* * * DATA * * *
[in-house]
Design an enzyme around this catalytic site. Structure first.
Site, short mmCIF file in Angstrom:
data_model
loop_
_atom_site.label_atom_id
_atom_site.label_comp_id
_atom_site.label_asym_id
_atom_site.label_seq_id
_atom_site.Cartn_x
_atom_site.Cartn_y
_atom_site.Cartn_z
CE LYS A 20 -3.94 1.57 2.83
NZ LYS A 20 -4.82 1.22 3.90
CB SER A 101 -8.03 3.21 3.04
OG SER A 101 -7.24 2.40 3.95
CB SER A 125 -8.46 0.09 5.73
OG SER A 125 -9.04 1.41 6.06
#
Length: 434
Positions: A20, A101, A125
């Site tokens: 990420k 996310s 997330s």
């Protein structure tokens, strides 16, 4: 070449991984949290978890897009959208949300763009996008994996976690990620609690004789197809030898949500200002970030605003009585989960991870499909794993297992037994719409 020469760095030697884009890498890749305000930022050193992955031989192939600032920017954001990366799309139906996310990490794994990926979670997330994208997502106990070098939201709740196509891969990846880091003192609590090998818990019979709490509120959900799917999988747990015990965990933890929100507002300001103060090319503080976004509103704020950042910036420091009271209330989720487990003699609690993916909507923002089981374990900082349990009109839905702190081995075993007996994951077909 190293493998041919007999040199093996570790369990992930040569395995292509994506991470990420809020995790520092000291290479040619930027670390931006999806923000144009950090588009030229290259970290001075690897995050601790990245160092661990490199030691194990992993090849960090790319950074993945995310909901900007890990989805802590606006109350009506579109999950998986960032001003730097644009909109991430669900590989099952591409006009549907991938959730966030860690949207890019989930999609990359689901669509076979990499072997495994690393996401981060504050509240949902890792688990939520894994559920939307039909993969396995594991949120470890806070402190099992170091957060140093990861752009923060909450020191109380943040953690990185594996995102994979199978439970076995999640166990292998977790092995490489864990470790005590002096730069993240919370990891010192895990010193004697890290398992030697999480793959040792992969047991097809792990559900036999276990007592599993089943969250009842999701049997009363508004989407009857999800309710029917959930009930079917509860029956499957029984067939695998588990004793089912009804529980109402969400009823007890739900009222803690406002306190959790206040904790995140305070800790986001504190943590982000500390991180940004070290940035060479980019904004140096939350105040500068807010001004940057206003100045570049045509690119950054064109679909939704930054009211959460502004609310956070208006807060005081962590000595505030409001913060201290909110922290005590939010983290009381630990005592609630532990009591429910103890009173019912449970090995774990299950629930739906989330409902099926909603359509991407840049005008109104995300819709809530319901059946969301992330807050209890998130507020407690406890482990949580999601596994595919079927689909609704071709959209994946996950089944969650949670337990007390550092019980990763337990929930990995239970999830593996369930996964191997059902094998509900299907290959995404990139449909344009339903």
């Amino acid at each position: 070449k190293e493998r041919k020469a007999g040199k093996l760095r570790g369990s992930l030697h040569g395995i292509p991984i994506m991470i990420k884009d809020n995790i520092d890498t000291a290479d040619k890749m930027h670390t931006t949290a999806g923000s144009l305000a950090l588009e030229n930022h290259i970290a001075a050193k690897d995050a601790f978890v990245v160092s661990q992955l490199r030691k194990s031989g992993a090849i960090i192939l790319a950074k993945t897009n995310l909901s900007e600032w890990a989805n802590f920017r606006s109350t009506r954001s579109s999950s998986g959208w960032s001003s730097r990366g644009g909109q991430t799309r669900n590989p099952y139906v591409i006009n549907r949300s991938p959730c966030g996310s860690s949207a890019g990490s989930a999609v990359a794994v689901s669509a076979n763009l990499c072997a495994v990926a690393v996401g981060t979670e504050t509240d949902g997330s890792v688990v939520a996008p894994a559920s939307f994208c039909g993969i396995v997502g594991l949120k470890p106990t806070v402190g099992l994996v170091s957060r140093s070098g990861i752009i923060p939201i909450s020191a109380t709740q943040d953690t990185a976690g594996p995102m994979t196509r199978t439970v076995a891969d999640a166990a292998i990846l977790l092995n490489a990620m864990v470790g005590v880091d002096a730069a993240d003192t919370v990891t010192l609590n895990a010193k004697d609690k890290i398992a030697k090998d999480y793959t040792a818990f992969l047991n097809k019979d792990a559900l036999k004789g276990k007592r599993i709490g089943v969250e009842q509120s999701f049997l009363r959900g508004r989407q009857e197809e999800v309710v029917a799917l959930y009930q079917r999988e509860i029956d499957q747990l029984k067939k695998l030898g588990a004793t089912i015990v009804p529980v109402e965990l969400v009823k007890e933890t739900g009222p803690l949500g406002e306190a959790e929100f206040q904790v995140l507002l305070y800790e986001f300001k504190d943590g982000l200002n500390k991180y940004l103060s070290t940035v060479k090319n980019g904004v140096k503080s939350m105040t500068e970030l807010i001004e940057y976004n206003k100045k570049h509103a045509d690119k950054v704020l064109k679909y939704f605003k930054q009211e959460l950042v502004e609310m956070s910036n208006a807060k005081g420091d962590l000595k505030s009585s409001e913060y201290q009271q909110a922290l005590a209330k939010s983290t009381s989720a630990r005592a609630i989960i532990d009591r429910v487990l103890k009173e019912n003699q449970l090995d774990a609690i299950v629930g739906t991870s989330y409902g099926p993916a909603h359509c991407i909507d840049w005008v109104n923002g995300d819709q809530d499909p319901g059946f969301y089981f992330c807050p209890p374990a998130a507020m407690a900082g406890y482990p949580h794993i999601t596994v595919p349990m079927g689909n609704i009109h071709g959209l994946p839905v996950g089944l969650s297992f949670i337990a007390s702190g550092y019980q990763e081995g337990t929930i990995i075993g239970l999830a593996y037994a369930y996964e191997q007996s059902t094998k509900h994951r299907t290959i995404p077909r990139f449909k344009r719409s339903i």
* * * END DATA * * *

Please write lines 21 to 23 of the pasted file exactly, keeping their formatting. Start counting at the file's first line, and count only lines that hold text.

Positions: A20, A101, A125
């Site tokens: 990420k 996310s 997330s």
């Protein structure tokens, strides 16, 4: 070449991984949290978890897009959208949300763009996008994996976690990620609690004789197809030898949500200002970030605003009585989960991870499909794993297992037994719409 020469760095030697884009890498890749305000930022050193992955031989192939600032920017954001990366799309139906996310990490794994990926979670997330994208997502106990070098939201709740196509891969990846880091003192609590090998818990019979709490509120959900799917999988747990015990965990933890929100507002300001103060090319503080976004509103704020950042910036420091009271209330989720487990003699609690993916909507923002089981374990900082349990009109839905702190081995075993007996994951077909 190293493998041919007999040199093996570790369990992930040569395995292509994506991470990420809020995790520092000291290479040619930027670390931006999806923000144009950090588009030229290259970290001075690897995050601790990245160092661990490199030691194990992993090849960090790319950074993945995310909901900007890990989805802590606006109350009506579109999950998986960032001003730097644009909109991430669900590989099952591409006009549907991938959730966030860690949207890019989930999609990359689901669509076979990499072997495994690393996401981060504050509240949902890792688990939520894994559920939307039909993969396995594991949120470890806070402190099992170091957060140093990861752009923060909450020191109380943040953690990185594996995102994979199978439970076995999640166990292998977790092995490489864990470790005590002096730069993240919370990891010192895990010193004697890290398992030697999480793959040792992969047991097809792990559900036999276990007592599993089943969250009842999701049997009363508004989407009857999800309710029917959930009930079917509860029956499957029984067939695998588990004793089912009804529980109402969400009823007890739900009222803690406002306190959790206040904790995140305070800790986001504190943590982000500390991180940004070290940035060479980019904004140096939350105040500068807010001004940057206003100045570049045509690119950054064109679909939704930054009211959460502004609310956070208006807060005081962590000595505030409001913060201290909110922290005590939010983290009381630990005592609630532990009591429910103890009173019912449970090995774990299950629930739906989330409902099926909603359509991407840049005008109104995300819709809530319901059946969301992330807050209890998130507020407690406890482990949580999601596994595919079927689909609704071709959209994946996950089944969650949670337990007390550092019980990763337990929930990995239970999830593996369930996964191997059902094998509900299907290959995404990139449909344009339903």